Europe and the European Union

Andre, Christopher. "The Future of European Security and the Role of Intelligence." Irish Studies in International Affairs 8 (1997): 49-56.

Bures, Oldrich. "EU Counterterrorism Policy: A Paper Tiger?" Terrorism and Political Violence 18, no. 1 (2006): 57-78.

Colpin, Noël, and Harald Haelterman. "Customs' Role in Managing Security at the EU's External Borders: A Risk Management and Intelligence Approach." European Journal of Intelligence Studies 2 (2008): 87-98. [http://www.ejis.eu]

Donath, Jaap. "A European Community Intelligence Organization." Defense Intelligence Journal 2, no. 1 (Spring 1993): 15-33.

The European Community (EC) "needs a strategic intelligence organization comparable to the Central Intelligence Agency.... [T]he ECIO should not engage in covert actions.... Its most important task would be the analysis of overtly gathered information and preparing it for use by the policymakers.... It would ... be advisable to begin the ECIO on a small scale and only as a coordinating body for intelligence gathered by the national intelligence services. The model for such a system could be Interpol.... For the long-term prospect the ECIO should become an organization which recruits and trains its own personnel for all the information gathering."

Dubois, Dorine. "The Attacks of 11 September: EU-US Cooperation against Terrorism in the Field of Justice and Home Affairs." European Foreign Affairs Review 7, no. 3 (2002): 317-335.

Duke, Simon. "Intelligence, Security and Information Flows in CFSP." Intelligence and National Security 21, no. 4 (Aug. 2006): 604-630.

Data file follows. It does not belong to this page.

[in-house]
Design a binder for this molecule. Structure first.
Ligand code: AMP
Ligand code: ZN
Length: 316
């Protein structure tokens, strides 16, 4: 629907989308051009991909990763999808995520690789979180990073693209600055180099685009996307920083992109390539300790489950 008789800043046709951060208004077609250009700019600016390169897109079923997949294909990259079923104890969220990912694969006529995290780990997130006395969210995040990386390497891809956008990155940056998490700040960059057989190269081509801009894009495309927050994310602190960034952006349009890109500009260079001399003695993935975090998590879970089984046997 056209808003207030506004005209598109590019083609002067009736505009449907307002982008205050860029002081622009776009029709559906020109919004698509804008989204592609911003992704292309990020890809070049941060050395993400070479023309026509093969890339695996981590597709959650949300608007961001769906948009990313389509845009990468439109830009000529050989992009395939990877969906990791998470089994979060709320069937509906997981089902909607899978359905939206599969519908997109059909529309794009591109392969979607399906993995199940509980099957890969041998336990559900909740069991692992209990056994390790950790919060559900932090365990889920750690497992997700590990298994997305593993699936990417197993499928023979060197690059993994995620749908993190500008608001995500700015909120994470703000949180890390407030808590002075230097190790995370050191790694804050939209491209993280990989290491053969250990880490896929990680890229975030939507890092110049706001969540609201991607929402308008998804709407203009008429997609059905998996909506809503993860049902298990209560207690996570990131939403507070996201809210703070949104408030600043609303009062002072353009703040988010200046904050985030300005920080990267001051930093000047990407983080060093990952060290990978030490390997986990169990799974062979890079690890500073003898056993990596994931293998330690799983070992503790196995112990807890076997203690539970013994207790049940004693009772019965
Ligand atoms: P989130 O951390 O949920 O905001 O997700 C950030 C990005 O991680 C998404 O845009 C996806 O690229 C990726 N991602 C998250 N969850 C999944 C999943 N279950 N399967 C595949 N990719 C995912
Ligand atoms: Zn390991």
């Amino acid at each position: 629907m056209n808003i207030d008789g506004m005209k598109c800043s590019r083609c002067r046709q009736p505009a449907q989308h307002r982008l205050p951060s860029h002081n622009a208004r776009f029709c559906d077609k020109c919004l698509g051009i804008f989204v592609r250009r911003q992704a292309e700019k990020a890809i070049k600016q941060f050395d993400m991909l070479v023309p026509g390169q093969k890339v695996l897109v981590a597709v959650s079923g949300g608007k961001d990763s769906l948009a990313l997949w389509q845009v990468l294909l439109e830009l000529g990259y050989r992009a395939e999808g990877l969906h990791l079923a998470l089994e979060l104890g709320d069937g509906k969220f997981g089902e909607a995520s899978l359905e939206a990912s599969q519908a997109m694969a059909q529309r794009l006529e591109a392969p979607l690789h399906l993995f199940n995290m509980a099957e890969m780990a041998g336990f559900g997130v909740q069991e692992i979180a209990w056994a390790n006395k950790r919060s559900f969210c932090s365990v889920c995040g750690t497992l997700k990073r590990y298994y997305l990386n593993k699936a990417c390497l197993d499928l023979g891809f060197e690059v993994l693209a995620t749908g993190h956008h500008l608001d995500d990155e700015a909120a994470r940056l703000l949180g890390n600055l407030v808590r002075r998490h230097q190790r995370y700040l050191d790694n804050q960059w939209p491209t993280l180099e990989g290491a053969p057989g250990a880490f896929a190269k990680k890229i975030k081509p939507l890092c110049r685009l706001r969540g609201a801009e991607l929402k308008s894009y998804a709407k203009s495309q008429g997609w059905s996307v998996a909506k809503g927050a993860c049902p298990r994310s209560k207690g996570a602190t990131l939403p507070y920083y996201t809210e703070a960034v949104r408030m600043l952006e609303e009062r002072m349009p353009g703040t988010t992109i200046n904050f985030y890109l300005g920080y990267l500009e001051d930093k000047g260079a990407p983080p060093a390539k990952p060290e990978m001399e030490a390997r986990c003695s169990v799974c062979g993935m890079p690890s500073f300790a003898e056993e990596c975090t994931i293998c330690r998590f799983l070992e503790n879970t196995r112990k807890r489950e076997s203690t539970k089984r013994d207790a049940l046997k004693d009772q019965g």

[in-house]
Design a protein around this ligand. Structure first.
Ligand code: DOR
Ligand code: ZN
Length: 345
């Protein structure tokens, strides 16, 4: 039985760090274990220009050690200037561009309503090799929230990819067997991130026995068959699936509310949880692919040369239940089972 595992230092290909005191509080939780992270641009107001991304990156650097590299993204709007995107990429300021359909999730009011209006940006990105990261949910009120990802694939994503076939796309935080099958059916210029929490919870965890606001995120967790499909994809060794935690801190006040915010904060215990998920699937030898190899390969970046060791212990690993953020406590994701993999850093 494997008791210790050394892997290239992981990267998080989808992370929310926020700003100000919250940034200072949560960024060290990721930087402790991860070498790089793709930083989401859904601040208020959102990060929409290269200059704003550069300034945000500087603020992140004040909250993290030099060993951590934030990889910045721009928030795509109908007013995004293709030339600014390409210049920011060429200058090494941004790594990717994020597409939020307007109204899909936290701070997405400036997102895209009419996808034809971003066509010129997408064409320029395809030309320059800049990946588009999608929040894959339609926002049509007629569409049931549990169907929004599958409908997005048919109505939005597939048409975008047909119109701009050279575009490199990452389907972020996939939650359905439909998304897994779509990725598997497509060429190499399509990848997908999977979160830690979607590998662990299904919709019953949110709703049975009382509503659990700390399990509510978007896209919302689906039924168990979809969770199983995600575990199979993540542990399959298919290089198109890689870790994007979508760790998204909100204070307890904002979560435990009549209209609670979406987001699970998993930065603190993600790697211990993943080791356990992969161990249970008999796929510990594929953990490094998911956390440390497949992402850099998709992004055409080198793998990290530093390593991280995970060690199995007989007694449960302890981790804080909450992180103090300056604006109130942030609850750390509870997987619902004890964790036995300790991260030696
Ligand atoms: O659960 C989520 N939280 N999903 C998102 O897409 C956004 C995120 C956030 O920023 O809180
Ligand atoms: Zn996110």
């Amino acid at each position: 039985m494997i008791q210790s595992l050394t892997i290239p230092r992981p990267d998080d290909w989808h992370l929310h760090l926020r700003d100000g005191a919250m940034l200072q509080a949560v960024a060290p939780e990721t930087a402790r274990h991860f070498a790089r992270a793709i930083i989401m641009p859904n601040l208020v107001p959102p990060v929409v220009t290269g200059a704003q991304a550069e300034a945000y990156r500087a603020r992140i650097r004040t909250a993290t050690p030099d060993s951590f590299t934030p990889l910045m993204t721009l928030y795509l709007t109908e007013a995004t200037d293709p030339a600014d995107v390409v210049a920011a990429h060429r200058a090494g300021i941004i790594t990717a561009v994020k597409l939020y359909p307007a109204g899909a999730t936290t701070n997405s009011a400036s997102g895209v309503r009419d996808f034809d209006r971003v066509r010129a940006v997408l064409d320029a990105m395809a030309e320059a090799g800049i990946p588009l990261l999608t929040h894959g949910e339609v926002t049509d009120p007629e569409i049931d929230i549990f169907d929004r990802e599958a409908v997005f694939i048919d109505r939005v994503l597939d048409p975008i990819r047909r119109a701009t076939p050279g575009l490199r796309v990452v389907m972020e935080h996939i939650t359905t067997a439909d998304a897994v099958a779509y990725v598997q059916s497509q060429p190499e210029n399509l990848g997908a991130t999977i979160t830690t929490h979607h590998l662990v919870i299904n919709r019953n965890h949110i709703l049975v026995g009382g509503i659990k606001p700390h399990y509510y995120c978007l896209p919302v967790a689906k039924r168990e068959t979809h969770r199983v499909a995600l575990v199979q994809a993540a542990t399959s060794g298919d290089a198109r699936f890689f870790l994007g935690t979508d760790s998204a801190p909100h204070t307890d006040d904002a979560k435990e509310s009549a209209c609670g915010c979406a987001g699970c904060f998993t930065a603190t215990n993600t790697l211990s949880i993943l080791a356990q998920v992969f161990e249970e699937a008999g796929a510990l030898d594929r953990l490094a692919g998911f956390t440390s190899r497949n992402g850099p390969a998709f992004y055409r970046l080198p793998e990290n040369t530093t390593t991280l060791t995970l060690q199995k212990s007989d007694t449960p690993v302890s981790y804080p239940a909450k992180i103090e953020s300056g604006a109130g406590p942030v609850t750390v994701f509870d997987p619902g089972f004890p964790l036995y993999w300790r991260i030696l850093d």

From abstract: "This article traces the growth of the intelligence support role that a number of relatively small bodies have assumed within the European Union's Common Foreign and Security Policy [CFSP].... The article concludes that a new type of intelligence capability is gradually emerging at the European level."

Fägersten, Björn. "Bureaucratic Resistance to International Intelligence Cooperation -- The Case of Europol." Intelligence and National Security 25, no. 4 (Aug. 2010): 500-520.

"The empirical focus of th[is] study is Europe's counter terrorim intelligence cooperation as it has developed within the European Police Office (Europol).... The key argument ... is that we must look beyond state preferences and study also the impact of various bureaucratic factors to better understand the variation in form and function of arrangements for intelligence cooperation."

Herman, Michael. "Intelligence's Future: Learning From the Past." Journal of Intelligence History 3, no. 2 (Winter 2003). [http://www.intelligence-history.org/jih/previous.html]

From abstract: "The British political crisis in 2004 over the government's 'dossier' on Iraqi WMD ... illustrates the problems of intelligence's new public profile. It also points to the lessons to be learned from its assessment failures on this subject. These point towards establishing a European assessment machinery, a kind of Brussels Joint Intelligence Committee; and also towards encouraging intelligence professionalism everywhere."